focus on physics
Some very worthwhile physics can be taught with just a pair of metersticks and a blob of modeling clay. Here I’ll suggest a few intriguing activities using these materials. We begin with a review of Newton’s second law and free fall.
Hold a meterstick horizontally above your head and tell your students that you’re going to drop it. But to make the drop more interesting, compare it to the drop of a glob of clay. Ask which will hit the floor first when both are dropped at the same time. You drop them, and sure enough, your students will see them hitting the floor simultaneously. This is no surprise.
From an initial rest position, dropping distance is related to dropping time by the equation y = ½ at2. Display this equation and point out that since the stick and the clay fall the same vertical distance y in the same time t, acceleration a must be the same too. Then display Newton’s second law equation for acceleration, a = F/m, and ask if the mass of the meterstick or the glob of clay affects acceleration a. The answer is no, for a = F/m = mg/m = g; mass m makes no difference. This simple demonstration highlights some powerful physics, as discovered by Galileo in his famous (although possibly apocryphal) experiment at the Leaning Tower of Pisa more than three centuries ago, and was used to get humans to and from the Moon back in 1969.
A key feature in most sports is reflex time—the time between hearing or seeing something and reacting to it. Have a student drop a dollar bill between a classmate’s fingers (Figure 2). Even with wide-open eyes and focused attention, can the bill be caught as it drops? With rare exceptions, the answer is no. (Some students may be sure they can catch it, so perhaps let a couple of others try it as well.)
Here’s why the bill is unlikely to be caught: From y = ½ gt2, the bill will fall a distance of 15.5 cm (the length of the bill) in a time of about 1⁄6 second. A common visual reaction time is a little longer, about 1⁄4 second. That’s the time required for the necessary impulses to travel from the eye to the brain to the fingers. For most people, visual reaction time is longer than the dropping time. Except for a lucky accidental catch, the bill is not caught. This personal and valued activity can be one of many Aha! moments with your students. Perhaps suggest that they try this activity at home with family members. The result is likely to be a surprise to most people, including adults. It’s nice when students can show off their new knowledge.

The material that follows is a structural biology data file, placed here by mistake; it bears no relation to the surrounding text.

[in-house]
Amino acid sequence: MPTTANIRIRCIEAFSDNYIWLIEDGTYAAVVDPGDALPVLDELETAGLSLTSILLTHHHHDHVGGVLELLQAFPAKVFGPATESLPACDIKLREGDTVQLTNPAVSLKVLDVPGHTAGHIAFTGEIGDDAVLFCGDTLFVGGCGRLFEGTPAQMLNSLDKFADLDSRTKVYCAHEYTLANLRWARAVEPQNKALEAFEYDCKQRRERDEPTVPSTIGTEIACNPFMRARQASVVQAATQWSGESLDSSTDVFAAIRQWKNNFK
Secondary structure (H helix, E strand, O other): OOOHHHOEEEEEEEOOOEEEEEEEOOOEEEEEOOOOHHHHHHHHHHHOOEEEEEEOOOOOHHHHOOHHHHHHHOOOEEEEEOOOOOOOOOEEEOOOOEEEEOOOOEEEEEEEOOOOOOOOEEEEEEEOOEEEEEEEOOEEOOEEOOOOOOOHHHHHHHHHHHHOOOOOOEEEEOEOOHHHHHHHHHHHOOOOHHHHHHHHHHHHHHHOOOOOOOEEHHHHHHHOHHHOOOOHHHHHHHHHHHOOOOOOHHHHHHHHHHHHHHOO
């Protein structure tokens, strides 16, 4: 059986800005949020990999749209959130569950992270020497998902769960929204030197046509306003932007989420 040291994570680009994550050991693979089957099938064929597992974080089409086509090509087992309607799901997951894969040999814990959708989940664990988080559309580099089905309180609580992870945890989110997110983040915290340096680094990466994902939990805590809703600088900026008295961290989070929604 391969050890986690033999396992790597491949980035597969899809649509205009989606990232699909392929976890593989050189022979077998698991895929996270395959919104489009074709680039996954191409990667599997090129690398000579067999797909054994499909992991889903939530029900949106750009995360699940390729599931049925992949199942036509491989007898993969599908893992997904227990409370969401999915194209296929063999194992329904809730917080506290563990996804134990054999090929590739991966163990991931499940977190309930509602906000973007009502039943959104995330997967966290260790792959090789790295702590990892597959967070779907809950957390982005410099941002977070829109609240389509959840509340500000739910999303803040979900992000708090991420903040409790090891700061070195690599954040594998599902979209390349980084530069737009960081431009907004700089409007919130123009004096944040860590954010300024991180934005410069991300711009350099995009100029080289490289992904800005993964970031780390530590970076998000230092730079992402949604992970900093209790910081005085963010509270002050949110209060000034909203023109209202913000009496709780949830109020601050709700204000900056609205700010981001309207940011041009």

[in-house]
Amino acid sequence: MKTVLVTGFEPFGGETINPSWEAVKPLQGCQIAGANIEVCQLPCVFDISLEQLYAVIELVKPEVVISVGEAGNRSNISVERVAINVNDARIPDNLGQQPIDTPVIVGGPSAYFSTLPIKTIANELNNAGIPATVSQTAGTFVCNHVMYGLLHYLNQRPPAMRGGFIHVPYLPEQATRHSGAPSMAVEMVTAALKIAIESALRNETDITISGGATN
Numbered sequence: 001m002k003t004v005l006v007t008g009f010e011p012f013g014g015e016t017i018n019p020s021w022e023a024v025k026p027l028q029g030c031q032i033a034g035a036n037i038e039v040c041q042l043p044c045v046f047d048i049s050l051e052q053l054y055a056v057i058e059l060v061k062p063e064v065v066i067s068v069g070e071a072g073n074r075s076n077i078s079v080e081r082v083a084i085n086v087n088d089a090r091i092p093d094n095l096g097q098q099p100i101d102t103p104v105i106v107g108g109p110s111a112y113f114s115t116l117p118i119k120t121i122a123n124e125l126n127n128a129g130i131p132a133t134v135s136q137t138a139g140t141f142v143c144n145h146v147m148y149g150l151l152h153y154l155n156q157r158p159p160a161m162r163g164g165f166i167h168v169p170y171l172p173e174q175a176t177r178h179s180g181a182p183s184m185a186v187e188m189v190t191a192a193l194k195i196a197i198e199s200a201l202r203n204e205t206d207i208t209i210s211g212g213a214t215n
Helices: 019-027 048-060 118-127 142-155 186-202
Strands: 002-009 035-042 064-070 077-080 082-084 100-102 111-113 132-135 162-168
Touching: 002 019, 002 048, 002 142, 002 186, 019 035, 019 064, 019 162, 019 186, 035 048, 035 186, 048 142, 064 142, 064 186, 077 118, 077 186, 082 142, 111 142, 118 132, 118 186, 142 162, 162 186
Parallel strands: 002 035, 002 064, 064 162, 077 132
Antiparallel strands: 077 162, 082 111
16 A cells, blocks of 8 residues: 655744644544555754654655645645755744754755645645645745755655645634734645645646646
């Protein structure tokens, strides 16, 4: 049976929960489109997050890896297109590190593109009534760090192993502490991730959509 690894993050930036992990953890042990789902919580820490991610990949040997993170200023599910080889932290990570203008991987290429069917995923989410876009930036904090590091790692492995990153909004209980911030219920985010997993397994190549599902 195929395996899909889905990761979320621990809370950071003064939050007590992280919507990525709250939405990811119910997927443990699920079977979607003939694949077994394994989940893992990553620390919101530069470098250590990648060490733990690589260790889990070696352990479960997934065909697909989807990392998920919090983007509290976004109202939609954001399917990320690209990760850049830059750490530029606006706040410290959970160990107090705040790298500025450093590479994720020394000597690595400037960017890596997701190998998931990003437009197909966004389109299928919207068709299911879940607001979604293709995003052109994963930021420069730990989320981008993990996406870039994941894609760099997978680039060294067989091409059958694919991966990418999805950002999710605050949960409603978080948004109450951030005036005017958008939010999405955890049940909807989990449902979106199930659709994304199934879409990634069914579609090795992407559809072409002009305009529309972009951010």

Follow up the dropped-bill activity with measurement. After you ask for a few student volunteers, drop a vertically-aligned ruler or meterstick instead of the paper bill (Figure 3). A measure of the distance y of the ruler when caught lends itself to solving for time t, again, with the equation y = ½ gt2. When rearranged, it’s t = √(2y/g) = 0.045√y, where y is the distance of fall in centimeters. Comparing one’s value of t with the common 1⁄4-second reaction time produces yet another Aha! moment. How many students would consider this personal activity irrelevant?
A quick review of free fall is in order before moving on to new material. You’ll want your students to know, and be able to explain, why the weight of the measuring stick has no effect on its rate of fall. As with the meterstick–clay drop, it’s important to know that the weight mg divided by mass m, produces the same acceleration because mass m cancels. Cheers to Newton’s second law! Although repetition can be a teaching no-no, it’s a good thing for cases where central knowledge is being learned.
Toss a meterstick haphazardly at an upward angle into the air. Its path is not smooth and it seems to wobble all over the place. In fact, it wobbles about a very special place, a point called the center of mass (CM), which moves as if all the stick’s mass were concentrated there. It is the CM of a thrown object that follows a smooth parabolic path (Figure 4).
The CM of a meterstick, not surprisingly, is at its geometric center, at the 50-cm mark. That’s why a horizontally-held meterstick will nicely balance when supported by your finger at the 50-cm mark (Figure 5) as you can demonstrate. The CM is a property of the stick, and remains fixed no matter how the rigid stick is oriented.
Now consider a pair of metersticks attached end-to-end, perhaps with a piece of tape. One stick is horizontal and the other dangles vertically from the 0-cm mark of the horizontal stick (Figure 6). The sticks are at right angles to each other. Where on the horizontal stick should you place your finger for balance? This is a good time for students to check with their neighbor. After students offer suggestions, have one student try them out. The student will find that the 25-cm mark is the correct place.
To better understand the CM of the two-stick combination of Figure 6, consider a single horizontal stick with a glob of clay stuck at its 0-cm end (Figure 7). For simplicity, the glob has the same mass as the meterstick. (Weigh some clay ahead of time if you want to demo this.)